Los Ultimos Zapatistas: Heroes Olvidados
by Jason Dormady, Ph.D.
Mexico had the unique coincidence of celebrating two national birthdays in 2010: the movement for independence in 1810 and the rebirth of the nation with the Revolution of 1910. Nevertheless, this bit of nationalist serendipity has highlighted a growing acknowledgement in Mexico and by observers of Mexico that of the two, Independence overshadows its younger sibling, and that the Revolution itself may be on the way to being erased in both form and substance. What better time, then, to review a film on memory and the Mexican Revolution like Los Últimos Zapatistas: Héroes Olvidados (The Last Zapatistas: Forgotten Heroes).
A documentary production from the Universidad Autónoma del Estado de Morelos, the film’s opening scenes cut directly to interviews with veterans of the Zapatista movement of the Mexican Revolution. Most, at the time of filming in the late 1990s were over one hundred years old, clinging not only to life, but to the edge of subsistence in a Mexico undergoing a free market transformation. Nevertheless, each account of the Zapatista movement and of General Emiliano Zapata sparkles with animation – the struggle for survival, the muscle memory of rifle fire eighty years later, the taking of other men’s lives. And while each soldado and soldadera (for women were always an important element of the revolution) has their own memory of events, the passion for the participation of the movement for land, liberty, and justice remains.
And there, of course, is where the documentary begins to make a subtle shift. What at first appeared to be a fairly interesting yet single-dimensional oral history project suddenly shifts to the context of the late 1990s in Mexico. In 1988, as the result of a deeply suspect election, Carlos Salinas de Gortari ascended to power in Mexico and immediately began a set of unilateral free-market economic reforms to attract international business partners. Of those reforms the most dramatic departure from the 1910 Revolution was the modification of Article 27 of the 1917 Constitution, removing the ability of the state to redistribute land to the peasantry and unlocking communally held plots (known as ejidos) for sale in the private sector. In essence – and certainly in the point of view of the surviving soldiers of the Revolution – the neo-liberal reforms of Salinas were little more than a bald-faced betrayal of the revolution and her veterans.
At this point in the film we begin to hear a different side of the surviving revolutionaries – their struggle in the present. With the privatization of land, farmers in the rural state of Morleos (the base of the Zapatista movement) were either enticed or forcibly removed from their property only to see it fall into the hands of developers. They themselves were then either forced to seek work in the cities (where massive unemployment reigned), seek work in the United States, or enter into a life of crime. As agricultural engineer Wolfgang Aguilar Flores observes, these families become outcasts, their families in ruins and their sustaining ties to the land disintegrated. Quoting a phrase from the Sandanista movement of Nicaragua, one of Zapata’s granddaughters observes that “we are not fish to live in the sea, we are not birds to live in the air, we are men to live in the earth.”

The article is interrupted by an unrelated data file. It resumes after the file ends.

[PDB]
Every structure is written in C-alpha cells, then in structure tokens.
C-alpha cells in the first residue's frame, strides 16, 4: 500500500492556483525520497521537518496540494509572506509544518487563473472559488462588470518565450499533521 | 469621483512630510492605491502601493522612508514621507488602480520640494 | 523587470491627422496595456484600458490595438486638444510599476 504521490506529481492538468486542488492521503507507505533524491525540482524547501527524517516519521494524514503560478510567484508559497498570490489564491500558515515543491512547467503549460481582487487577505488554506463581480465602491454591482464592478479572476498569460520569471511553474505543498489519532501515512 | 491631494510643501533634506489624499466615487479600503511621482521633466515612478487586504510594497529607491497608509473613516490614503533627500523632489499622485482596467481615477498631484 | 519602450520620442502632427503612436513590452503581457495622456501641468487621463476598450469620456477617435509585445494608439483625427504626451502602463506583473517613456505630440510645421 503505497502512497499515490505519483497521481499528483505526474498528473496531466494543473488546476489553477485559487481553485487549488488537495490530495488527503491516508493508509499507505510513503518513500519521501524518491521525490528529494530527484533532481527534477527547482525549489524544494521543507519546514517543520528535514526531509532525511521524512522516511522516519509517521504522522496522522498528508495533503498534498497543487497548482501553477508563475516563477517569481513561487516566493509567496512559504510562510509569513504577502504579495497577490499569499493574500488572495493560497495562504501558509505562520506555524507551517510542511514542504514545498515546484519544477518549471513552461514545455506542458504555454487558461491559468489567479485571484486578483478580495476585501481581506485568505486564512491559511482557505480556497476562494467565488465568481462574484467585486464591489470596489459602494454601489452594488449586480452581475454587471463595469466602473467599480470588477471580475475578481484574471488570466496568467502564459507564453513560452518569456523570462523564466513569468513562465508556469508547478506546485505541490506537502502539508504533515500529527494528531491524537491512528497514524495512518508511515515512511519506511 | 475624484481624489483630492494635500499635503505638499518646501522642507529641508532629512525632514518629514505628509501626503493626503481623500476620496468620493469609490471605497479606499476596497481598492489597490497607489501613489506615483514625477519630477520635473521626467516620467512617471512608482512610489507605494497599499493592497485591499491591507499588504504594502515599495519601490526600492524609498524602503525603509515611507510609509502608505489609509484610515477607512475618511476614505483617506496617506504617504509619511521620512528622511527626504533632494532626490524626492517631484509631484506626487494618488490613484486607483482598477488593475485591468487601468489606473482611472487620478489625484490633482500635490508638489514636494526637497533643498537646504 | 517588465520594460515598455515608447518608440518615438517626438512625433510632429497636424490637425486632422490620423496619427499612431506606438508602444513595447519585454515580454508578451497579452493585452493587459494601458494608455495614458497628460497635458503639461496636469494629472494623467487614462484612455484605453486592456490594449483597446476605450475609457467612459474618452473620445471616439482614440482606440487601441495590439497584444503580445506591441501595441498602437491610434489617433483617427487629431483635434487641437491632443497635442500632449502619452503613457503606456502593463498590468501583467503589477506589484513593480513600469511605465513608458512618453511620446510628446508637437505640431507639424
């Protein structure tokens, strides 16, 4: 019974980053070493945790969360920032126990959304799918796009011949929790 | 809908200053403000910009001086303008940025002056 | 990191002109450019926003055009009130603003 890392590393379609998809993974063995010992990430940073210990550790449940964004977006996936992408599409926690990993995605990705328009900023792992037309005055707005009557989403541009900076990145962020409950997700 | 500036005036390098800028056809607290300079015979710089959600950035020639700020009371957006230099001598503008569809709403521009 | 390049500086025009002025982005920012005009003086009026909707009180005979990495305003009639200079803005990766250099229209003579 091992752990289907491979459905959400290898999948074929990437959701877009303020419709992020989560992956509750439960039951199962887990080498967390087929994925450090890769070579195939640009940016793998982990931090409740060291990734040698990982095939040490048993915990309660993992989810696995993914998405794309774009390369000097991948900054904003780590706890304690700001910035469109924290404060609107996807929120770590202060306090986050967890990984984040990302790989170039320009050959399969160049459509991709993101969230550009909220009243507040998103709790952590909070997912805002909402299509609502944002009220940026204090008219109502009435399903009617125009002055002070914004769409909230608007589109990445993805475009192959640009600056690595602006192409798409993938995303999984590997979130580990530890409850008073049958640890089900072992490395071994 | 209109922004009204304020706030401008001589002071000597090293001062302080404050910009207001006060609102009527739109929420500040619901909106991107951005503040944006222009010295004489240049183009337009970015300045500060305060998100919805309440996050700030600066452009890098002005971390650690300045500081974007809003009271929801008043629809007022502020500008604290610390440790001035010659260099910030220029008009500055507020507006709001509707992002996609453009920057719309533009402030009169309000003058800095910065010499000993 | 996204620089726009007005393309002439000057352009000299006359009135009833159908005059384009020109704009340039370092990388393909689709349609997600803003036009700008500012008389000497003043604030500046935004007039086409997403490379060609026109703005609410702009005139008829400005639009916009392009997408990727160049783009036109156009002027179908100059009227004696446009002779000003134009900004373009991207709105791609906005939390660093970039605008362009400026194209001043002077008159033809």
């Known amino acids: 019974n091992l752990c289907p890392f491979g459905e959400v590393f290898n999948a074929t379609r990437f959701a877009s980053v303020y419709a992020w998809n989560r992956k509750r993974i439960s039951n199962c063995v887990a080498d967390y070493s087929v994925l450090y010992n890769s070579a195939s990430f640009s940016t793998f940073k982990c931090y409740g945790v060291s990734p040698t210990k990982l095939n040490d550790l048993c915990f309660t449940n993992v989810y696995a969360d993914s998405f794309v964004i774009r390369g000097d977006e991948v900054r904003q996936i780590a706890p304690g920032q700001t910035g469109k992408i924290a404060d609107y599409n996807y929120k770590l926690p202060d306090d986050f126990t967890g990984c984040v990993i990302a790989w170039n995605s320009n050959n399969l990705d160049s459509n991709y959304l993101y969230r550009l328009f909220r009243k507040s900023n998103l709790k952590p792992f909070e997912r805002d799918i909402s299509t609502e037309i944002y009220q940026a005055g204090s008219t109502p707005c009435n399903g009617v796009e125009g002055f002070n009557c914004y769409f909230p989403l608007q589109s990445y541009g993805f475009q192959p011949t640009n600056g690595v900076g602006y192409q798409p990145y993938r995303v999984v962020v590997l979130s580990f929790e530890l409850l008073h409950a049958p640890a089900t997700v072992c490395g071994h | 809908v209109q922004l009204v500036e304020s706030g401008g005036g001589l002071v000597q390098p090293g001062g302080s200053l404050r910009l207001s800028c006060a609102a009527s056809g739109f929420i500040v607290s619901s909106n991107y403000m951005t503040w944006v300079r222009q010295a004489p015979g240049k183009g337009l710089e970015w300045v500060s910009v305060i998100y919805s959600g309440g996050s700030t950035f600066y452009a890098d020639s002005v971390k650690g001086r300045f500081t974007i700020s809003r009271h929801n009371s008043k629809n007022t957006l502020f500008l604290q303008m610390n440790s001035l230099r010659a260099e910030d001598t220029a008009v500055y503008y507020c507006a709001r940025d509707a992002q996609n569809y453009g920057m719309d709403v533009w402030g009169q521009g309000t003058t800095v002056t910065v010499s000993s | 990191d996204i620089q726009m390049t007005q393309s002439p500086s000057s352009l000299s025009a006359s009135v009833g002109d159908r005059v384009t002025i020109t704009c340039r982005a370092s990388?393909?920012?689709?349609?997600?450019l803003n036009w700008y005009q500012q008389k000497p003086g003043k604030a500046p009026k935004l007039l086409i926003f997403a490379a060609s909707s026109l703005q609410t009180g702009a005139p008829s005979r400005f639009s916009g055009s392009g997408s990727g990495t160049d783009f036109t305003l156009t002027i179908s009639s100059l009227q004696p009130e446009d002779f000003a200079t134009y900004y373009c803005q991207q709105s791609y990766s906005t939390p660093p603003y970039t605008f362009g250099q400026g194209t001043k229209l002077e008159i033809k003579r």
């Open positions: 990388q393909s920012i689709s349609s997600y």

Indeed, in this struggle to preserve the communal ownership of land prevalent in mostly indigenous villages of Morelos sees the veterans of Zapata finding explicit common cause with a rebel movement in Southern Mexico that calls themselves Zapatistas in the present day – the Ejercito Zapatista de Liberación Nacional. The film maker even goes as far as to show meetings between the veterans of 1910 and the rebels of 1994, with the veterans encouraging the new generation of resistance to continue their fight. In one of the most moving and perhaps genuine moments of the film we see one of the veterans begging the younger generation of Mexico to reverse the betrayal of the Revolution and to take up the Zapatista cause of land, liberty, and justice. In fact, in a somewhat disturbing but poignant moment, another veteran expires on screen after declaring that after a hundred years he would still fight for “tierra y libertad.”
While the film was well received in Mexico, the bulk of the prizes awarded the film have come from Latino / Chicano film festivals in the United States and festivals in Cuba – perhaps the two places in the Americas most aware of the results of US economic imperialism in Latin America and the most able to voice dissent at that imperialism. For, at the end of the day, the greatest debilitating neo-liberal reform of Salinas de Gortari was the negotiation and signing of the North American Free Trade Agreement that not only created a windfall for Mexican billionaires, but also gutted Mexico’s resources by placing them in the hands of Canadian and US corporations. While Mexicans should view the film to remember the struggle of the peasants who labored to bring greater economic equality and social justice to their nation, US citizens should view the film as a stark reminder of the consequences of their own choices on other nations.
For reading to accompany the film, Samuel Brunk’s Emiliano Zapata (University of New Mexico Press, 1998) and The Posthumous Career of Emiliano Zapata, (University of Texas Press, 2008) are key texts on the memory of Zapata and of his fighters. For more on Mexico’s transition to the free market, consider Philip Russell’s Mexico Under Salinas (Resource Center Press, 1994).
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